Everything changes. Mountains erode, coastlines crumble and even Bruce Forsyth eventually retires. But if you think the pace of change is a little too quick there is still one place that remains constant – head on over to the comments section of the Law Gazette. You can be sure, whatever is going on elsewhere, there you will find lawyers unhappy about something, and normally it’s something said by the Legal Services Consumer Panel.

Predictably, the Panel’s latest report calling for a ‘culture change’ in attitudes towards McKenzie friends went down like a lead balloon with lawyers. McKenzie friends, it said, are a ‘legitimate feature of the modern legal market’ and increase access to justice. Much of the legal profession, it seems, does not agree.

Once upon a time McKenzie Friends were just selfless volunteers who, out of the goodness of their hearts, gave up their own time to help litigants in person who can’t, or don’t want to, use a lawyer, by providing moral support, taking notes, offering advice and helping prepare for court. Now, shockingly, they are increasingly starting to charge.

Lawyer outrage is understandable. They spend quite a lot of time and money qualifying and it must be pretty galling to have studied for years and struggled to get a training contract only to see a lot of unqualified so-and-sos come along and undercut you. And because they aren’t regulated they could be doing heaven knows what.

Except in most cases they aren’t. What they are doing is providing valuable support for people who quite conceivably would otherwise have no access to justice. With legal aid withdrawn from all but the most acute cases, the number of litigants in person, those attending court without a lawyer, is increasingly dramatically.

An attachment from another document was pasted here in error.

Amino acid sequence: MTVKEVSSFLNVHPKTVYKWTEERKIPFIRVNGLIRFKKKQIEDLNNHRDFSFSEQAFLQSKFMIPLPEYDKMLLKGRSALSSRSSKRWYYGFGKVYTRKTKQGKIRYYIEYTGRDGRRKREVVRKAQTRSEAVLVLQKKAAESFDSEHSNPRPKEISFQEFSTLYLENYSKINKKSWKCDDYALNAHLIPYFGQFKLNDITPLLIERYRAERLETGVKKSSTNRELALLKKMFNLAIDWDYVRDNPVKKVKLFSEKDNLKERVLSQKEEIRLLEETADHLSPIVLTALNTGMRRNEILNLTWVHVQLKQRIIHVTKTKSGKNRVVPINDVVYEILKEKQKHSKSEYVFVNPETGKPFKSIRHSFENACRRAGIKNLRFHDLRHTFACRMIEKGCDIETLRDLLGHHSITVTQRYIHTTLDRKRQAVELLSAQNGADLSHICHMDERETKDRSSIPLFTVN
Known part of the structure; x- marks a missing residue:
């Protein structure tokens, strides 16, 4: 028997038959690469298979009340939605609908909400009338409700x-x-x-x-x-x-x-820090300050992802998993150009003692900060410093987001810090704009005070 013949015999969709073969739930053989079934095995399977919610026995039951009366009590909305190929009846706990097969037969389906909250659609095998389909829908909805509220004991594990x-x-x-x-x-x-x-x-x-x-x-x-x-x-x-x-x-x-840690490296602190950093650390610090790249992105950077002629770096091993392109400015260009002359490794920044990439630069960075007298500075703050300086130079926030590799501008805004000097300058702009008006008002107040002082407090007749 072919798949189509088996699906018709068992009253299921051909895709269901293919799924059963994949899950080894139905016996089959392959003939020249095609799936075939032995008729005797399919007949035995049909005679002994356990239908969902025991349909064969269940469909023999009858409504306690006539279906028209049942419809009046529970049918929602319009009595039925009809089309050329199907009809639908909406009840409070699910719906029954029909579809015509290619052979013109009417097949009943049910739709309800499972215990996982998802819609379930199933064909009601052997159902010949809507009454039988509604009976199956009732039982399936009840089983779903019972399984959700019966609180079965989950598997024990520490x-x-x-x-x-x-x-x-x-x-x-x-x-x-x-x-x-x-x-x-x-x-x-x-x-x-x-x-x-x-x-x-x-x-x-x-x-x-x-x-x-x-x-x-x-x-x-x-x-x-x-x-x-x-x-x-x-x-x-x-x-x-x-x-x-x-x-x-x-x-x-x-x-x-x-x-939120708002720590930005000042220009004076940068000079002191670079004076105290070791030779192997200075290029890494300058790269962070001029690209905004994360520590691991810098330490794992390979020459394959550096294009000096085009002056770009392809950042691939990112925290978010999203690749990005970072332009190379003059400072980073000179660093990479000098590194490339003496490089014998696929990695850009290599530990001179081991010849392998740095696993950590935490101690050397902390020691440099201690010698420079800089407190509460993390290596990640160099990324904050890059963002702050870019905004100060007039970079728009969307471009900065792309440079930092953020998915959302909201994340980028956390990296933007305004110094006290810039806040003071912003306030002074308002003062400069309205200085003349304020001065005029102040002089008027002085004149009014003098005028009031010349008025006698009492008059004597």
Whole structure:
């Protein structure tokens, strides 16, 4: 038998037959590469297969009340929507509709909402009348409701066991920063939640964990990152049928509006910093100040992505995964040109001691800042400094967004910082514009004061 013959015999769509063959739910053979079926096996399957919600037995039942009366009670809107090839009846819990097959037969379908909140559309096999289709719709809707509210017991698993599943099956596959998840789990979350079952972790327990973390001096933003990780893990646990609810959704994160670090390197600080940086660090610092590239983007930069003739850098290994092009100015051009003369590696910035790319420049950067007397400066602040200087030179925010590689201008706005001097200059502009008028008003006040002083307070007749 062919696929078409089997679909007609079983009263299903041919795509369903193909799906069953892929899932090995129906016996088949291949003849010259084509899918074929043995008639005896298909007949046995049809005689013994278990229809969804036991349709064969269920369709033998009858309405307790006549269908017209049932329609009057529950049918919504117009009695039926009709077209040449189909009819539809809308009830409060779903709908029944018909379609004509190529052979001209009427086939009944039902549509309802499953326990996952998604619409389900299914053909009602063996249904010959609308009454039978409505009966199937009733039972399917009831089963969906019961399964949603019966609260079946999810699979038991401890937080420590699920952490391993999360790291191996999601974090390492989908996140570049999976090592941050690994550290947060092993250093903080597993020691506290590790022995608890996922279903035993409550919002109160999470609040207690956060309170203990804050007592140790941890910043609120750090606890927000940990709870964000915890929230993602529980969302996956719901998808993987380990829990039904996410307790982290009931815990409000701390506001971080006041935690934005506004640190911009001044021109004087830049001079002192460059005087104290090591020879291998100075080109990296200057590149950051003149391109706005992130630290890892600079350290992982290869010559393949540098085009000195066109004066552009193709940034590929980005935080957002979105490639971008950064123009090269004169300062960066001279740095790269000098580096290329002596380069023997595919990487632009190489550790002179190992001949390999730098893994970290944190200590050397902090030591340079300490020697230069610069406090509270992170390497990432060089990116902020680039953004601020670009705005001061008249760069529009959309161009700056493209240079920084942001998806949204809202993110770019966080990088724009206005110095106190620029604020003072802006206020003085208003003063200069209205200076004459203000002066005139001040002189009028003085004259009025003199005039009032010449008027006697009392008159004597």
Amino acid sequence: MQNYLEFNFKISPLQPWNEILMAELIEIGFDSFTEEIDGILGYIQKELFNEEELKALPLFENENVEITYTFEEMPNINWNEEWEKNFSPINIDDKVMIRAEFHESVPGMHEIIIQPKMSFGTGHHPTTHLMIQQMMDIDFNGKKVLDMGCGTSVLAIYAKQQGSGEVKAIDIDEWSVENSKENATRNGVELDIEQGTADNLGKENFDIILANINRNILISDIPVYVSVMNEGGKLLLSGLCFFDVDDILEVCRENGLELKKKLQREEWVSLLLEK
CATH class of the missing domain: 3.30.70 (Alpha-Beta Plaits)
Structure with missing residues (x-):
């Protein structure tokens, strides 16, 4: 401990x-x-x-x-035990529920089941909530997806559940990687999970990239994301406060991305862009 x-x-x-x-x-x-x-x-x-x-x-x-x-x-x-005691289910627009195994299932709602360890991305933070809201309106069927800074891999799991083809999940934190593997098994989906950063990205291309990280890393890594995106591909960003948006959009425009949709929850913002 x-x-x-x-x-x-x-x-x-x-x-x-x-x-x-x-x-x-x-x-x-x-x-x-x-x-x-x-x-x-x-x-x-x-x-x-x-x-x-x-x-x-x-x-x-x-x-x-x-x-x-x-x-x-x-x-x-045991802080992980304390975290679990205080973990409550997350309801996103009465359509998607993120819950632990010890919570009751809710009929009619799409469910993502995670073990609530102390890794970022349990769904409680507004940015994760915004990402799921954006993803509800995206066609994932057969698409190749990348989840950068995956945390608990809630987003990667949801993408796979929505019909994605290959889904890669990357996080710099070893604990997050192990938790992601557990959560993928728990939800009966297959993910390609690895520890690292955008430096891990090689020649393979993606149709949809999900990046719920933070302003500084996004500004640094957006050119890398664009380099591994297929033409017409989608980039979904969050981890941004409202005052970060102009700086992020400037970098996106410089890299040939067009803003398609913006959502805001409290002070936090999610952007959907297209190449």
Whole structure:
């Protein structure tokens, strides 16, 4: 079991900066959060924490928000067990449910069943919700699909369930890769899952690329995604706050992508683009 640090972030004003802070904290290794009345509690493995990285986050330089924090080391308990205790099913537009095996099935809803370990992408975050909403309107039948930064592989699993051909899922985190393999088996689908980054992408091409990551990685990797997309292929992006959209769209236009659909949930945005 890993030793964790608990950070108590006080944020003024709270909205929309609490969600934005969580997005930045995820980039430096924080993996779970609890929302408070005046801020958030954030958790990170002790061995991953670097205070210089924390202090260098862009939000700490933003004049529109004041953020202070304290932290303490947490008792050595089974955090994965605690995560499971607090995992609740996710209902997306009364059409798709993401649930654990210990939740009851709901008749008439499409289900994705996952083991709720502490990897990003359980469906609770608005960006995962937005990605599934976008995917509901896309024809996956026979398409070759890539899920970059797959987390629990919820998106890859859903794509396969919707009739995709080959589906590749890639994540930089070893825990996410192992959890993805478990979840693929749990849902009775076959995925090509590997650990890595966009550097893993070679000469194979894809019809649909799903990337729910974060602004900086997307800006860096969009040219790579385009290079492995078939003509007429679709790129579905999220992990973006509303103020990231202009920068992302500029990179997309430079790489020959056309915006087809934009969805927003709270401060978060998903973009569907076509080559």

On the face of it, I’m a fairly knowledgeable, confident and determined person, but I wouldn’t want to represent myself. If someone who’d been through the process before offered me a helping hand for a reasonably modest fee, I’d probably take it. And let’s be honest, the fact s/he isn’t a lawyer is probably a bonus.

It is perfectly reasonable to expect that justice can still be served without legal representation. Indeed it is vital this is the case, particularly when the government seems to be determined to remove lawyers as much as possible from the process of law. This may seem a bit bonkers, but it’s what we’ve got to work with.

Obviously there are risks in unqualified, unregulated and uninsured people supporting litigants in person, but arguably these are outweighed by the alternative, which is people deciding not to go to court at all, or turning up without the slightest clue of what they are doing.

Amazingly, most consumers, even those unable to afford a lawyer, are not stupid and are quite capable of understanding the limits of support that can be offered by a McKenzie friend. And of course, advice is not confined to the unregulated – lawyers are quite capable of not living up to their own professional standards. What consumers need is not a closed shop, but clear, reliable and easily accessible information about their options.

McKenzie friends themselves have acted on the Panel’s recommendation and plan to set up their own trade association to represent those non-lawyer advisers who charge fees.  I would suggest they get on with it, because the vast array of McKenzie friend websites already out there risk confusing consumers.  I would also like to suggest they stop using hourly rates and come up with some sort of fixed-fee system, otherwise they are in danger of creating the same cost uncertainty that has annoyed consumers of legal services for years.

I do wish lawyers would stop being so afraid of change and innovation. Granted, a lot of the change in the legal market at the moment is not of a particularly positive variety, but getting hot under the collar about something that might mitigate at least some of its worst effects is counterproductive. And it will happen anyway.

“The only way to make sense out of change is to plunge into it, move with it, and join the dance” Alan Watts

The secret of happiness